Action against cartels is a specific type of antitrust enforcement. A cartel is a group of similar, independent companies which join together to fix prices, to limit production or to share markets or customers between them.
Instead of competing with each other, cartel members rely on each others' agreed course of action, which reduces their incentives to provide new or better products and services at competitive prices. As a consequence, their clients (consumers or other businesses) end up paying more for less quality.
This is why cartels are illegal under EU competition law and why the European Commission imposes heavy fines on companies involved in a cartel.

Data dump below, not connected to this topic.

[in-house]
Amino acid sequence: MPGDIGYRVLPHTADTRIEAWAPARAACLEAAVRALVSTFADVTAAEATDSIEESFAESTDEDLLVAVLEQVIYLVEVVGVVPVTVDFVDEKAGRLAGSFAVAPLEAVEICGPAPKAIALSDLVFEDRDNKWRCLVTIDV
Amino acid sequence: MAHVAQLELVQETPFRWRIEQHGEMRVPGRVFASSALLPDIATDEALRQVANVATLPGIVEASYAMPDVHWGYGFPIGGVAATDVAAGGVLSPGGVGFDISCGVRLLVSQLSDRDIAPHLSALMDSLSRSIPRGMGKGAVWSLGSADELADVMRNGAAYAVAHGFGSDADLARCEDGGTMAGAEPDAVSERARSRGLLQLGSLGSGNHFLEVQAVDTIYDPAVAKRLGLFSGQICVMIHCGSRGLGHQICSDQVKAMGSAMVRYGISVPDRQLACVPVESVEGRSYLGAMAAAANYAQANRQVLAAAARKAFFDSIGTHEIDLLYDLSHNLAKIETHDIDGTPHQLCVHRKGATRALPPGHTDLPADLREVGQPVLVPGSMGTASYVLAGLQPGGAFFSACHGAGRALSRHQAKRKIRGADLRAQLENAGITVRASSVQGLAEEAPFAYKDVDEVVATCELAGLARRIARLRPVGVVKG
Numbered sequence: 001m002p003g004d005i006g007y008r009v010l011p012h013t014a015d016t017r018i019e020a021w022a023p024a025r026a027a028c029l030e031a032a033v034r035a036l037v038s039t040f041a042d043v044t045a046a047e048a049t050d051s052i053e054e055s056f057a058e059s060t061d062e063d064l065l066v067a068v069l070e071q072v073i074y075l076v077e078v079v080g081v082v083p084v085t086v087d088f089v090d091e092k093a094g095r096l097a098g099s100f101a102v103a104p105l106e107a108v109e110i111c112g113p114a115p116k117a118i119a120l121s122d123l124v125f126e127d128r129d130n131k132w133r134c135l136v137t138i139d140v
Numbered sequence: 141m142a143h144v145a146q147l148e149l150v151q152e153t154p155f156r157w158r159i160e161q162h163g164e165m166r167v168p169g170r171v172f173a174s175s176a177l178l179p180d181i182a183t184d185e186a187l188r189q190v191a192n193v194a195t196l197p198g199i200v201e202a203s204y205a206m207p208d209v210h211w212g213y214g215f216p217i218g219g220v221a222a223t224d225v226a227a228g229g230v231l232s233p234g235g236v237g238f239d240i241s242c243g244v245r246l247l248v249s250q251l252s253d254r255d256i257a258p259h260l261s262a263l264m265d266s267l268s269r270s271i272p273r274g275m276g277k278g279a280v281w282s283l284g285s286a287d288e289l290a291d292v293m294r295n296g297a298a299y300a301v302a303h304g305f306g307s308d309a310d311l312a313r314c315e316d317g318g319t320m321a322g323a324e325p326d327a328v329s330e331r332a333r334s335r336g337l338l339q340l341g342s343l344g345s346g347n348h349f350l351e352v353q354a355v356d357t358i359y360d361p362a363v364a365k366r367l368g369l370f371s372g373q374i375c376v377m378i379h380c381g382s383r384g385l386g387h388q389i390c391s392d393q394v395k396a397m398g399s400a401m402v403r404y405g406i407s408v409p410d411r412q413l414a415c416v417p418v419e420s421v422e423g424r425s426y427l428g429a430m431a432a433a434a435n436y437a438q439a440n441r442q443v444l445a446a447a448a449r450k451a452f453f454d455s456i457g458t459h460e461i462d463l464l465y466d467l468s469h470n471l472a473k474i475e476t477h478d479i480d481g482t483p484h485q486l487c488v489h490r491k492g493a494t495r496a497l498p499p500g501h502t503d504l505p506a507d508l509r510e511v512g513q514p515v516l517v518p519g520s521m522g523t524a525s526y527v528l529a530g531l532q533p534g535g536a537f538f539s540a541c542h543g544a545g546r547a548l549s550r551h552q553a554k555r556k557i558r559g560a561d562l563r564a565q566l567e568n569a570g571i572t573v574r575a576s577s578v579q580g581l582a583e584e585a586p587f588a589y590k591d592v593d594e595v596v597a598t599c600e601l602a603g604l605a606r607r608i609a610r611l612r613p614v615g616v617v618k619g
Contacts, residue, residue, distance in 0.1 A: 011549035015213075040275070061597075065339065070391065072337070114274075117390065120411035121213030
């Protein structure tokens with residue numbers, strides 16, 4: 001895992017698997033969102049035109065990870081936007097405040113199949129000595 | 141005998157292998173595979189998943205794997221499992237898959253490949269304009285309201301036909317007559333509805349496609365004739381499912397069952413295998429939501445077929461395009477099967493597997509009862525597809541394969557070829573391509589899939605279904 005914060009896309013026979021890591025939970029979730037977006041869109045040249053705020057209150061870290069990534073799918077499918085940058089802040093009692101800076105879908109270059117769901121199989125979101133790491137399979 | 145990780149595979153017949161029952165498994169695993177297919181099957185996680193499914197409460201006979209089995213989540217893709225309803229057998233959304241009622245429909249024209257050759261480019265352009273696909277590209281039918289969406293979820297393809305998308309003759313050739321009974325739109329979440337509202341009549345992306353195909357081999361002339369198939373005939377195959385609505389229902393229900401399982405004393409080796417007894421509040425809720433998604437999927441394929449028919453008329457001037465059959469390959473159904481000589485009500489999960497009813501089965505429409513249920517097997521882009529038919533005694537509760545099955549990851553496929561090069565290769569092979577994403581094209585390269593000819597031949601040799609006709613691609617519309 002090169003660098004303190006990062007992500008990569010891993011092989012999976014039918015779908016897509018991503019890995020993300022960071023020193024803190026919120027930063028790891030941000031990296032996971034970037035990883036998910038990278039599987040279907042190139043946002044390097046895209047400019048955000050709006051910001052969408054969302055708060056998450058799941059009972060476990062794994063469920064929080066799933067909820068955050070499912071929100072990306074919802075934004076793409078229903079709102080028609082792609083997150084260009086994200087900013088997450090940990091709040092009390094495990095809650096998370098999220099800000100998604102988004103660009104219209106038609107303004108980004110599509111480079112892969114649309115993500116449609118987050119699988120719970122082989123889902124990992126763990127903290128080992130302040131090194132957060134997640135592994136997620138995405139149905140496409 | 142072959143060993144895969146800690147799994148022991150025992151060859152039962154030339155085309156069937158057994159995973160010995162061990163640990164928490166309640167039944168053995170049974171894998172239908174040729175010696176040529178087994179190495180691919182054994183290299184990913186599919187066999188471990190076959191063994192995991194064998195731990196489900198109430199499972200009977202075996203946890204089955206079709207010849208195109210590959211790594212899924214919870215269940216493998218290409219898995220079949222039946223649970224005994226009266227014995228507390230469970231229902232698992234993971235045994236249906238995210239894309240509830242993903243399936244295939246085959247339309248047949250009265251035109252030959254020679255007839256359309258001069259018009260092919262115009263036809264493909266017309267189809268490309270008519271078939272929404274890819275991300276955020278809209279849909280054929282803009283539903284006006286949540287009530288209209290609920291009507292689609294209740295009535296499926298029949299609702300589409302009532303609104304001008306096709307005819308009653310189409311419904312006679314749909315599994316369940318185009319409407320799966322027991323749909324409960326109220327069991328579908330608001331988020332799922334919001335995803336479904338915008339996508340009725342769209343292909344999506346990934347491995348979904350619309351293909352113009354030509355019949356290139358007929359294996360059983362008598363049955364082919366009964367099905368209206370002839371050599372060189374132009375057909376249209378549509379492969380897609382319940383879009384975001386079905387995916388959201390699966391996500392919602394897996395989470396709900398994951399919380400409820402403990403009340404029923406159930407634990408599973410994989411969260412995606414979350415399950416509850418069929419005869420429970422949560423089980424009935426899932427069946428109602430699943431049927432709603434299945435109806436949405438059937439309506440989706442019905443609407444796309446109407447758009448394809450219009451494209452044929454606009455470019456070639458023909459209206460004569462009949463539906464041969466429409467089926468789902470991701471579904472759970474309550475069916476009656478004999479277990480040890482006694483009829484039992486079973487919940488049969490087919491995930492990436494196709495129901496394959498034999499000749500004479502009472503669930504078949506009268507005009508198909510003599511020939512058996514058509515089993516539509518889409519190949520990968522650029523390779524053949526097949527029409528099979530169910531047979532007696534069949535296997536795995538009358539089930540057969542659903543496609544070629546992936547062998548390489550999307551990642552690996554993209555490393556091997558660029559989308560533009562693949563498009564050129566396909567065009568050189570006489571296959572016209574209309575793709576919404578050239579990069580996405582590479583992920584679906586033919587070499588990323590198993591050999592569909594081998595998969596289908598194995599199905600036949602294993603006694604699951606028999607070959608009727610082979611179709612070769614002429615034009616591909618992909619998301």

Since cartels are illegal, they are generally highly secretive and evidence of their existence is not easy to find. The 'leniency policy' encourages companies to hand over inside evidence of cartels to the European Commission. The first company in any cartel to do so will not have to pay a fine. This results in the cartel being destabilised. In recent years, most cartels have been detected by the European Commission after one cartel member confessed and asked for leniency, though the European Commission also successfully continues to carry out its own investigations to detect cartels.
Since 2008 companies found by the Commission to have participated in a cartel can settle their case by acknowledging their involvement in the cartel and getting a smaller fine in return.